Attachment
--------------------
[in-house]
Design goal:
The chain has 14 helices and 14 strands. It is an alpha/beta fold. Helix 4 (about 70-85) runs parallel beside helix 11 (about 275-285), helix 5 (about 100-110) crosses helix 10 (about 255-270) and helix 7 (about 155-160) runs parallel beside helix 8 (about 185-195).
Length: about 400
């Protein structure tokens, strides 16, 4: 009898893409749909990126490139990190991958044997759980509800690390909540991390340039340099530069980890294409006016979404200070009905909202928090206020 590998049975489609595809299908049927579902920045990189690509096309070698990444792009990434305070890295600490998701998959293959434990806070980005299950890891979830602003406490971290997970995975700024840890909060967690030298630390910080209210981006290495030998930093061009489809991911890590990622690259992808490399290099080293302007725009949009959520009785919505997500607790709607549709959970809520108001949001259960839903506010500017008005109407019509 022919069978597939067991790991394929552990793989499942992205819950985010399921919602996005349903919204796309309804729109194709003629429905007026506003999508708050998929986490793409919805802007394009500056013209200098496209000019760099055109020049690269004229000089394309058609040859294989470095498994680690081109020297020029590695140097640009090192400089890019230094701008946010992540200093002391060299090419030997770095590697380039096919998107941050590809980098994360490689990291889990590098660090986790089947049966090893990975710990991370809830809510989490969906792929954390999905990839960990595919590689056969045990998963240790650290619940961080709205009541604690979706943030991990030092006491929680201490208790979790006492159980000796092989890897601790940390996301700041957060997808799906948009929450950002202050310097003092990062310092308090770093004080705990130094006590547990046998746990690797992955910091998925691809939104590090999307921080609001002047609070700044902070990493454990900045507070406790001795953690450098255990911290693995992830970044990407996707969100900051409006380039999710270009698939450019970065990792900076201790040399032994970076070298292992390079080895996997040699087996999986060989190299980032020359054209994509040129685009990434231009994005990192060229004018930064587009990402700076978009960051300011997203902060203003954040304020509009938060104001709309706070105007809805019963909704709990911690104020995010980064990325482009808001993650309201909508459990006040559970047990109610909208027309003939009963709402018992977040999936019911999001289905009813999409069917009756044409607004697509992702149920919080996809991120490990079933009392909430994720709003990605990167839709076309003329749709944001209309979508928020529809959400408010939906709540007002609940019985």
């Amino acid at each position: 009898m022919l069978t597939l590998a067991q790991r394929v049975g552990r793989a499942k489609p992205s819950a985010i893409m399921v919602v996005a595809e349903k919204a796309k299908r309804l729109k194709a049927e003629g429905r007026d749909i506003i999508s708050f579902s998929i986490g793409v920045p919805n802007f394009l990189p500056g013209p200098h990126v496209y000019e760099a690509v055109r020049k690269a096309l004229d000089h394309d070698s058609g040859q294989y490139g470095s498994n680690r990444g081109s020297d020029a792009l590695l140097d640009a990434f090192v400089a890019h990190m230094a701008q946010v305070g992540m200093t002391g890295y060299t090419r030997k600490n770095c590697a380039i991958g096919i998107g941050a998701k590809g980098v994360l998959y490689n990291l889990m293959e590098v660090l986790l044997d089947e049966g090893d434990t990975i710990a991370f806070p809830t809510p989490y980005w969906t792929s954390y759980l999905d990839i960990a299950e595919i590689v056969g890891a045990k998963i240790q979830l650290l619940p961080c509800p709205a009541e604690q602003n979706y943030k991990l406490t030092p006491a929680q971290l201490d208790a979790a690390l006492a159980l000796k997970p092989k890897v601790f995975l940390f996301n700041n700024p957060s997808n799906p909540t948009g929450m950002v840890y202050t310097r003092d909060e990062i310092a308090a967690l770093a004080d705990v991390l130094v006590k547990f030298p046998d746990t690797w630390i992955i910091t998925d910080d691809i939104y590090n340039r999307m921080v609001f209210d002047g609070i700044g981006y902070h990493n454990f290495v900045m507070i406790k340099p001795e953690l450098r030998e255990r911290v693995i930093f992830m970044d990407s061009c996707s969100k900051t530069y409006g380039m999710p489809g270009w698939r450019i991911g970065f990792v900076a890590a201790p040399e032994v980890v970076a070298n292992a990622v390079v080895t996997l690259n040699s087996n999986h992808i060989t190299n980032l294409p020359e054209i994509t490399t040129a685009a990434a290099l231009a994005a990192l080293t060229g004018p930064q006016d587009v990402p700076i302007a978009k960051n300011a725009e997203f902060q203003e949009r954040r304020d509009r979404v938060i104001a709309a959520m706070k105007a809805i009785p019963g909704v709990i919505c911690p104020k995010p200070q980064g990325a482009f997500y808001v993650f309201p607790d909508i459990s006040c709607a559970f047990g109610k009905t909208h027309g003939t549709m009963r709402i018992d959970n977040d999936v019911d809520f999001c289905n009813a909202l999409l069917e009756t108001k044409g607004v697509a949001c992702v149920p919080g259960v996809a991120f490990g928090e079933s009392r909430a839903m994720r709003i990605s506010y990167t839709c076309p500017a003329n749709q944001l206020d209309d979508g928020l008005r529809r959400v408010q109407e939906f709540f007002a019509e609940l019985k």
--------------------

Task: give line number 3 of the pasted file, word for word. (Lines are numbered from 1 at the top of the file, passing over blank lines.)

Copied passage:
The chain has 14 helices and 14 strands. It is an alpha/beta fold. Helix 4 (about 70-85) runs parallel beside helix 11 (about 275-285), helix 5 (about 100-110) crosses helix 10 (about 255-270) and helix 7 (about 155-160) runs parallel beside helix 8 (about 185-195).